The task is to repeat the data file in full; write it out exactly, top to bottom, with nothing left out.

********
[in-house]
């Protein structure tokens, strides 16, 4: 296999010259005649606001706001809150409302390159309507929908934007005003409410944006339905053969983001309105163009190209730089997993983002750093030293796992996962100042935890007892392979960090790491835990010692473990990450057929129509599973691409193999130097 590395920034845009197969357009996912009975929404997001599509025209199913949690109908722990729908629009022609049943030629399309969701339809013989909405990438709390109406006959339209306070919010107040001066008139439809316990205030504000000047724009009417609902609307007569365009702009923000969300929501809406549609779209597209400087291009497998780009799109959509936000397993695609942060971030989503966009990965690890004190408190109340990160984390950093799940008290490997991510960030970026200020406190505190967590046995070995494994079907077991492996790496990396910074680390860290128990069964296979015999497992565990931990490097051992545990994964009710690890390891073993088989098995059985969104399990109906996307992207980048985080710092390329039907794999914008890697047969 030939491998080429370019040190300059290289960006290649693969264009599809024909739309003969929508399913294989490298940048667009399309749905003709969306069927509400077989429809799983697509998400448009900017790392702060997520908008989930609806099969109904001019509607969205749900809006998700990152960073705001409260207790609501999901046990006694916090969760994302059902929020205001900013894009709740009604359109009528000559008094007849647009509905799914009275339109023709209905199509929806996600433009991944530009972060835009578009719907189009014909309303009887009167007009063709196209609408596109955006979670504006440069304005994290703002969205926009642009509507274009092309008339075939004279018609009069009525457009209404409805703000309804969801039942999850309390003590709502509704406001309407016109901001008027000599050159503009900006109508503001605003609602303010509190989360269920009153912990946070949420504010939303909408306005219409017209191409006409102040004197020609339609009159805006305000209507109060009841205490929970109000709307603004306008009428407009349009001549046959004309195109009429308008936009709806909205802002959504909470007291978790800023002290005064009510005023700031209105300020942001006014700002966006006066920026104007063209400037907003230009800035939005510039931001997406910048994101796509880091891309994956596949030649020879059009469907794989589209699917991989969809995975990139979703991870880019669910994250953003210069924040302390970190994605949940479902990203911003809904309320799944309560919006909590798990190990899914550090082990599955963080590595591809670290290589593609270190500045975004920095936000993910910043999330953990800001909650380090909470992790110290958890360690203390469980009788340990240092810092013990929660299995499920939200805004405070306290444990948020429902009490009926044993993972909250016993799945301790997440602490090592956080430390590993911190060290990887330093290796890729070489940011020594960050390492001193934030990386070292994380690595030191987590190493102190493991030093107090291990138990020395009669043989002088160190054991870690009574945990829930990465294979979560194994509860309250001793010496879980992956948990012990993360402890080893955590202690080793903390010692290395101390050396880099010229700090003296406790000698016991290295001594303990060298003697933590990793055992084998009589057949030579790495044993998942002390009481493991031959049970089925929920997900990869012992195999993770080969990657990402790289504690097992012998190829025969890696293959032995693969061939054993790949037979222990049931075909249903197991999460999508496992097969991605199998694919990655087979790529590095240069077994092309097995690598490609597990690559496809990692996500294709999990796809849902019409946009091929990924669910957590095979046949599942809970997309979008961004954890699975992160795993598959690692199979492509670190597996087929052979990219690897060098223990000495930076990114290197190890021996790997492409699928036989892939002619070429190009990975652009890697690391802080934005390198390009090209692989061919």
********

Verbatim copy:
[in-house]
């Protein structure tokens, strides 16, 4: 296999010259005649606001706001809150409302390159309507929908934007005003409410944006339905053969983001309105163009190209730089997993983002750093030293796992996962100042935890007892392979960090790491835990010692473990990450057929129509599973691409193999130097 590395920034845009197969357009996912009975929404997001599509025209199913949690109908722990729908629009022609049943030629399309969701339809013989909405990438709390109406006959339209306070919010107040001066008139439809316990205030504000000047724009009417609902609307007569365009702009923000969300929501809406549609779209597209400087291009497998780009799109959509936000397993695609942060971030989503966009990965690890004190408190109340990160984390950093799940008290490997991510960030970026200020406190505190967590046995070995494994079907077991492996790496990396910074680390860290128990069964296979015999497992565990931990490097051992545990994964009710690890390891073993088989098995059985969104399990109906996307992207980048985080710092390329039907794999914008890697047969 030939491998080429370019040190300059290289960006290649693969264009599809024909739309003969929508399913294989490298940048667009399309749905003709969306069927509400077989429809799983697509998400448009900017790392702060997520908008989930609806099969109904001019509607969205749900809006998700990152960073705001409260207790609501999901046990006694916090969760994302059902929020205001900013894009709740009604359109009528000559008094007849647009509905799914009275339109023709209905199509929806996600433009991944530009972060835009578009719907189009014909309303009887009167007009063709196209609408596109955006979670504006440069304005994290703002969205926009642009509507274009092309008339075939004279018609009069009525457009209404409805703000309804969801039942999850309390003590709502509704406001309407016109901001008027000599050159503009900006109508503001605003609602303010509190989360269920009153912990946070949420504010939303909408306005219409017209191409006409102040004197020609339609009159805006305000209507109060009841205490929970109000709307603004306008009428407009349009001549046959004309195109009429308008936009709806909205802002959504909470007291978790800023002290005064009510005023700031209105300020942001006014700002966006006066920026104007063209400037907003230009800035939005510039931001997406910048994101796509880091891309994956596949030649020879059009469907794989589209699917991989969809995975990139979703991870880019669910994250953003210069924040302390970190994605949940479902990203911003809904309320799944309560919006909590798990190990899914550090082990599955963080590595591809670290290589593609270190500045975004920095936000993910910043999330953990800001909650380090909470992790110290958890360690203390469980009788340990240092810092013990929660299995499920939200805004405070306290444990948020429902009490009926044993993972909250016993799945301790997440602490090592956080430390590993911190060290990887330093290796890729070489940011020594960050390492001193934030990386070292994380690595030191987590190493102190493991030093107090291990138990020395009669043989002088160190054991870690009574945990829930990465294979979560194994509860309250001793010496879980992956948990012990993360402890080893955590202690080793903390010692290395101390050396880099010229700090003296406790000698016991290295001594303990060298003697933590990793055992084998009589057949030579790495044993998942002390009481493991031959049970089925929920997900990869012992195999993770080969990657990402790289504690097992012998190829025969890696293959032995693969061939054993790949037979222990049931075909249903197991999460999508496992097969991605199998694919990655087979790529590095240069077994092309097995690598490609597990690559496809990692996500294709999990796809849902019409946009091929990924669910957590095979046949599942809970997309979008961004954890699975992160795993598959690692199979492509670190597996087929052979990219690897060098223990000495930076990114290197190890021996790997492409699928036989892939002619070429190009990975652009890697690391802080934005390198390009090209692989061919």